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Determine Hierarchy Name Based on Inconsistent Level

Below are sets of inconsistent arrays that represents level in hierarchy:

  • [0, 1, 2]
  • [0, 1]
  • [0]

The order of hierarchy is (from the top to the bottom):

  • Director
  • Manager
  • Employee

The highest number in the array represents the bottom level in the hierarchy. The lowest number in the array represents higher level in the hierarchy.

So, given [0, 1, 2]: 0 means Director, 1 means Manager and 2 means Employee. And given [0, 1]: 0 means Manager and 1 means Employee.

What’s the most efficient way to assign LevelName property in the following data set. The answer doesn’t have to use specific programming language.

[{
    Fullname: "Bob",
    ReportTo: "",
    Level: "0",
    LevelName: ""
},{
    Fullname: "John",
    ReportTo: "Bob",
    Level: "1",
    LevelName: ""
},{
    Fullname: "Sally",
    ReportTo: "John",
    Level: "2",
    LevelName: ""
},{
    Fullname: "David",
    ReportTo: "John",
    Level: "2",
    LevelName: ""
},{
    Fullname: "Rachel",
    ReportTo: "Bob",
    Level: "1",
    LevelName: ""
},{
    Fullname: "Peter",
    ReportTo: "Rachel",
    Level: "2",
    LevelName: ""
}]
 
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Posted by on January 28, 2015 in General

 

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Differences Between ViewData and ViewBag in ASP.Net MVC

ViewData

  • Accessible in both controller and view.
  • Store objects as key / value pairs.
  • Introduced in ASP.Net MVC 2.
  • Use ‘magic strings’, such as:
    ViewData["stack247"] = "stack247";

ViewBag

  • Accessible in both controller and view.
  • Store objects as Dynamic type.
  • Introduced in ASP.Net MVC 3
  • Use ‘magic properties’, such as:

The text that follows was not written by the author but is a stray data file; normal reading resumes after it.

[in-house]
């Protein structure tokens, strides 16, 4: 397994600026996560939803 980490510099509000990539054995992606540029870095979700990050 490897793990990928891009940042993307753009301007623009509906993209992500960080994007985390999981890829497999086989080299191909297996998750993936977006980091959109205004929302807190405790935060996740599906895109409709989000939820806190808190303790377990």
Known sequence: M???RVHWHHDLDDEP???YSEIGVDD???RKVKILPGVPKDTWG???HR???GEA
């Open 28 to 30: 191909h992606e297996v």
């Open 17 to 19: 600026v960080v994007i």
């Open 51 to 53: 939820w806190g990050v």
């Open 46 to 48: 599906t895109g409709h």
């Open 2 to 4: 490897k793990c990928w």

ViewData.Stack247 = "stack247";

TempData

  • Accessible in both controller and view.
  • Store objects as key / value pairs.
  • Use ‘magic strings’, such as:
    TempData["stack247"] = "stack247";
  • Meant for very short-lived instance.
  • Persistent after a redirect, means TempData’s properties will still be accessible after redirection.
  • Good scenario to use is when passing error message to an error page.
  • More information: Greg Shackles’s TempData
 
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Posted by on January 26, 2015 in General

 

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Heapsort Algorithm

A comparison-based sorting algorithm, it divides its input into a sorted and an unsorted region, and it iteratively shrinks the unsorted region by extracting the smallest element and moving that to the sorted region.
Larger nodes don’t stay below smaller node parents. They are swapped with parents, and then recursively checked if another swap is needed, to keep larger numbers above smaller numbers on the heap binary tree.

heapsort-algorithm

Reference: Wikipedia

 
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Posted by on January 14, 2015 in General

 

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Explicit Conversion X as Operator

What’s the difference between explicit conversion, as operator and calling a method to a conversion?

public void Test2()
{
    var obj = "stack247";

    var str1 = (string)obj;
    var str2 = obj as string;
    var str3 = obj.ToString();
}

Conclusion (as seen from the result below):

  • Explicit conversion throws InvalidCastException if obj is not a string type.
  • Explicit conversion assigns anything to obj, even if it’s null.
  • as operator returns null if obj is not a string type.
  • as operator can’t be use in value type because it’s not null-able, unless the value type is null-able (for example, int? will work)
  • ToString(), or whatever the method that return certain type, will throw NullReferenceException if obj is null.